What Are Dental Inlays and Onlays? Complete Guide

Family Dentist in Rogersville

What Are Dental Inlays and Onlays?

Over time, dentists have discovered many ways to restore a tooth to its proper function, even if it has suffered from decay and cavities. Dental inlays and onlays are used to restore the pit and the cusps of your teeth, also known as the part of your teeth you use to chew your food. This method is used when the decay has been treated before it’s worsened to the point of requiring a dental crown.

What Are Dental Inlays and Onlays? When a premolar or a molar tooth has received damage to the area used for chewing, the decay will be covered by a cap known as an inlay or an onlay. These differ from a dental crown in that they are only covering a portion of the tooth. The inlays will cover decay specifically affecting the pit of the tooth while an onlay can cover decay affecting the pit and a cusp of the tooth. 

Dental inlays and onlays can restore the tooth to its proper function while also protecting from further decay. This is one of the many restorative dental services we offer at our Rogersville dentist office. To know more about inlays and onlays, keep reading.

When Do You Need a Dental Inlay Or Onlay

You will need a dental inlay/onlay if the chewing part of your tooth has experienced decay. These procedures will be used if only a portion of your tooth has decayed. If you’re in need of dental inlays/onlays, your teeth have experienced more decay than a simple filling can fix; however, they haven’t experienced enough decay that you would need a dental crown.

Inlays and onlays help to protect your tooth from further decay. The dentist will drill out any bacteria or decay in the tooth and then cover it with an inlay/onlay cap. These caps keep bacteria from getting down into the susceptible part of the tooth that has already experienced decay.

This procedure will also return your teeth to their proper function. Before, the decay in your tooth may have made chewing and eating too painful. Now, with an inlay or onlay coving the decay and protecting your tooth, you’ll be able to chew without pain.

Dental inlays and onlays fall under the restorative dentistry umbrella, as they help to restore the tooth to its proper function. This specific procedure caters to teeth with moderate decay or cavities; however, only a small amount of the tooth is removed to fit the product in place.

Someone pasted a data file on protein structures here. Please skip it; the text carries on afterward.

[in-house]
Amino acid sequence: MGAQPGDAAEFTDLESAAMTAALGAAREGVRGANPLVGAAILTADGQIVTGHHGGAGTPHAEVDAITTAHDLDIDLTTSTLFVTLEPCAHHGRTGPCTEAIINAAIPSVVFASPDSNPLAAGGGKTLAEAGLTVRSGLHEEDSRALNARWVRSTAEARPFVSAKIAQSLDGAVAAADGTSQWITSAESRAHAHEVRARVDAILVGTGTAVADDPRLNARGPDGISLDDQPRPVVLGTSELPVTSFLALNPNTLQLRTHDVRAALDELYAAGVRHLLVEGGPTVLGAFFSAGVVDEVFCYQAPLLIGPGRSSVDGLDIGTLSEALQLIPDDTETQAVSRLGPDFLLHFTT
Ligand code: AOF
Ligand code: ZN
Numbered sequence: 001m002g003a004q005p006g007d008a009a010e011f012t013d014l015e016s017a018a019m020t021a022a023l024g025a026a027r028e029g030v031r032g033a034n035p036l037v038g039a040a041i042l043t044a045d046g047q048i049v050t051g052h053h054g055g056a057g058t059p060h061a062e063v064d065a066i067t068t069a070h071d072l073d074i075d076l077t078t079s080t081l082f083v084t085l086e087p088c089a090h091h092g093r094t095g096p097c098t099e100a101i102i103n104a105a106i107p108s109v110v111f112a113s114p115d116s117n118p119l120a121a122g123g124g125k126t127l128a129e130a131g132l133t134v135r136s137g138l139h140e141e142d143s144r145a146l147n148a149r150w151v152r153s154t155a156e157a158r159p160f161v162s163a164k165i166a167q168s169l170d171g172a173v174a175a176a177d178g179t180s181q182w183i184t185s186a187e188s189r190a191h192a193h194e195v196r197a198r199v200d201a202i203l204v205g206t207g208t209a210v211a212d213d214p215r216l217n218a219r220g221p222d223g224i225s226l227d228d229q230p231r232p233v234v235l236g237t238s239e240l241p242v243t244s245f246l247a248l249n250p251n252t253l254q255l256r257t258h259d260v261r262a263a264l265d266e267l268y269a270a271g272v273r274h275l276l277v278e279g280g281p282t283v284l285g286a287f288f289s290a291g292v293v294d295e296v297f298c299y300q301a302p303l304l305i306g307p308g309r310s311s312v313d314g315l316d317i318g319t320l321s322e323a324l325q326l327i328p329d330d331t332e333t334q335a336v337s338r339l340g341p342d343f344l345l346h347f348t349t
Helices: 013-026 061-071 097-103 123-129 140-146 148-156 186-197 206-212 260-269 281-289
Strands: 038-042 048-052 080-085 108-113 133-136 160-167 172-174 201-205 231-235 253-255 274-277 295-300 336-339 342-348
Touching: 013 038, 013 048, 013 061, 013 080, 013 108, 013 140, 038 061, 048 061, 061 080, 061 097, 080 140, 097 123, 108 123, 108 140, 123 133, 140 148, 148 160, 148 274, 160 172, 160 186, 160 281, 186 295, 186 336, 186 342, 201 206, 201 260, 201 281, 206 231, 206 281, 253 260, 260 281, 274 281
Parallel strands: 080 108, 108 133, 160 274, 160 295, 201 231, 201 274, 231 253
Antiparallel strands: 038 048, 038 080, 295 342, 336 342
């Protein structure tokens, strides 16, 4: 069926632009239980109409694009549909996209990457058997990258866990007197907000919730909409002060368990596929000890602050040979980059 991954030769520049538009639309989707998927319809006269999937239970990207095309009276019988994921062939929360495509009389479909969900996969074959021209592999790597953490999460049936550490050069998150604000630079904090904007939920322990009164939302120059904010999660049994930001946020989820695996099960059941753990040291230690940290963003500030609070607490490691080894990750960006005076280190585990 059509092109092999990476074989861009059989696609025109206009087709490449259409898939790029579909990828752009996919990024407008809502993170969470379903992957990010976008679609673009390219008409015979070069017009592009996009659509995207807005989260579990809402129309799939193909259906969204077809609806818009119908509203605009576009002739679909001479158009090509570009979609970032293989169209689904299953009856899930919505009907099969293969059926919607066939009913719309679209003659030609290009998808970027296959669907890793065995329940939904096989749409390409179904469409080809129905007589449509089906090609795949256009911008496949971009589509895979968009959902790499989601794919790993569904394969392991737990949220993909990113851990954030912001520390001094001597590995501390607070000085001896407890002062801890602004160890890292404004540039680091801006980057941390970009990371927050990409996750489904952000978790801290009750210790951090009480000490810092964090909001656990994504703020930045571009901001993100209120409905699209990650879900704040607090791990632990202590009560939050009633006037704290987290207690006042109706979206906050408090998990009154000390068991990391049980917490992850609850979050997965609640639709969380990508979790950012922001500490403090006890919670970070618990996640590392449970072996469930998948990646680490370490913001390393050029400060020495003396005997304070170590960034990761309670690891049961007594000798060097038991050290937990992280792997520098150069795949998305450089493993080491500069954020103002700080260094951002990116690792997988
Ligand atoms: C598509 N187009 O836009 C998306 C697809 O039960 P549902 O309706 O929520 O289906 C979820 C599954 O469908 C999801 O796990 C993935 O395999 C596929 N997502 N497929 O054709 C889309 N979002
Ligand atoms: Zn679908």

What is the Difference Between a Dental Inlay and a Dental Onlay?

Dental inlays and onlays differ from each other in that they are used to cover different areas of the tooth. A dental inlay specifically protects the pit of the tooth, also known as the middle part of the tooth that dips down and looks like a valley between the two cusps.

A dental onlay covers a larger surface area of the tooth. Onlays can cover both the pit of the tooth and the cusp of the tooth. Depending on how back the tooth decay is and where the decay is located will dictate whether you need an inlay or an onlay.

At our Rogersville dentist office, our doctors will be able to direct you in which procedure will best serve your particular case. They will keep you informed and fill you in on the specifics of the procedure.

How Are Dental Inlays & Onlays Installed

Dental inlays/onlays will be made outside of your mouth, then placed over the affected area and bonded to the original tooth. First, the dentist will drill out the decay in your tooth. Next, the inlay/onlay will be placed in the area of the tooth that has been removed. The dentist will bond the inlay to the tooth to help restore the integrity of the tooth’s structure.

The inlay/onlay procedure usually consists of two visits to the dentist. At your first visit, the dentist will gather the information needed in order to make the inlays or onlays. The dentist will take an impression of your tooth so that they can figure out how to construct the cap.

At your first visit, you’ll have temporary inlays put on your teeth until your next visit. When you come back to the dentist, they’ll have the permanent inlays/onlays ready and will install them and get them bonded to your teeth.

What Materials Are Used For Dental Inlays & Onlays